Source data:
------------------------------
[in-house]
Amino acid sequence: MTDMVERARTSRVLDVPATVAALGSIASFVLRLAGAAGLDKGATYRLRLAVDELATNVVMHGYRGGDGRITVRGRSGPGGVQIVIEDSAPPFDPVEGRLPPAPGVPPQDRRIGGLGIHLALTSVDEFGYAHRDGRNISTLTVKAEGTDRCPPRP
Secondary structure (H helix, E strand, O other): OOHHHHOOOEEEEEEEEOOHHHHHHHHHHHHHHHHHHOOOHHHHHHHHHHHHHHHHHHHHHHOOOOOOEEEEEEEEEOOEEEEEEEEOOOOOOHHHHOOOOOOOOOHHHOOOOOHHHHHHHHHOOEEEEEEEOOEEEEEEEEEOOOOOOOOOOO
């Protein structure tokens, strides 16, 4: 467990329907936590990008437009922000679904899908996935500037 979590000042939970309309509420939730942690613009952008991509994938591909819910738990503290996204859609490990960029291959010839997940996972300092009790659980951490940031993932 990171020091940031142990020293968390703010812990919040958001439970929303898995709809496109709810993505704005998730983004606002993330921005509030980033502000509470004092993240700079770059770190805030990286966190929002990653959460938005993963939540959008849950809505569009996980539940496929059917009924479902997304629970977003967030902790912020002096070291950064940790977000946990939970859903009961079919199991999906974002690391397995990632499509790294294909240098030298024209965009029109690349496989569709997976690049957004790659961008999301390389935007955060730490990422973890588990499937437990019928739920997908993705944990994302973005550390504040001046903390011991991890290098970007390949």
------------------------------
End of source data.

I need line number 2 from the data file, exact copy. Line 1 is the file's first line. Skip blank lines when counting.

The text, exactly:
Amino acid sequence: MTDMVERARTSRVLDVPATVAALGSIASFVLRLAGAAGLDKGATYRLRLAVDELATNVVMHGYRGGDGRITVRGRSGPGGVQIVIEDSAPPFDPVEGRLPPAPGVPPQDRRIGGLGIHLALTSVDEFGYAHRDGRNISTLTVKAEGTDRCPPRP